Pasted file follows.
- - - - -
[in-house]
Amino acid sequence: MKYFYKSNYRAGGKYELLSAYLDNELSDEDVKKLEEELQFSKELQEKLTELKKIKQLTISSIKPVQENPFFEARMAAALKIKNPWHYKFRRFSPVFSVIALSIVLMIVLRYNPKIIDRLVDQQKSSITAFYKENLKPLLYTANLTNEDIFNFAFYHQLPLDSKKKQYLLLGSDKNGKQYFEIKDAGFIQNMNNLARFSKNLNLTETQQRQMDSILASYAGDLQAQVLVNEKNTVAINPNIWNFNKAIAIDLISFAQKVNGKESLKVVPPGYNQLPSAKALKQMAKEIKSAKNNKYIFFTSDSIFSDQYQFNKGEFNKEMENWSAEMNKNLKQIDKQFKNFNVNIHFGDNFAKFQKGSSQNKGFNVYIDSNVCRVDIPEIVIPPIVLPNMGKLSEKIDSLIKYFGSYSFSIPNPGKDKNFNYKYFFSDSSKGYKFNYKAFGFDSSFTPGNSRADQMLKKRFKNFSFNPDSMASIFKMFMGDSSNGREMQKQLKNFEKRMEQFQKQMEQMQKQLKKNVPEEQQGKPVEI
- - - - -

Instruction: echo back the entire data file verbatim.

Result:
[in-house]
Amino acid sequence: MKYFYKSNYRAGGKYELLSAYLDNELSDEDVKKLEEELQFSKELQEKLTELKKIKQLTISSIKPVQENPFFEARMAAALKIKNPWHYKFRRFSPVFSVIALSIVLMIVLRYNPKIIDRLVDQQKSSITAFYKENLKPLLYTANLTNEDIFNFAFYHQLPLDSKKKQYLLLGSDKNGKQYFEIKDAGFIQNMNNLARFSKNLNLTETQQRQMDSILASYAGDLQAQVLVNEKNTVAINPNIWNFNKAIAIDLISFAQKVNGKESLKVVPPGYNQLPSAKALKQMAKEIKSAKNNKYIFFTSDSIFSDQYQFNKGEFNKEMENWSAEMNKNLKQIDKQFKNFNVNIHFGDNFAKFQKGSSQNKGFNVYIDSNVCRVDIPEIVIPPIVLPNMGKLSEKIDSLIKYFGSYSFSIPNPGKDKNFNYKYFFSDSSKGYKFNYKAFGFDSSFTPGNSRADQMLKKRFKNFSFNPDSMASIFKMFMGDSSNGREMQKQLKNFEKRMEQFQKQMEQMQKQLKKNVPEEQQGKPVEI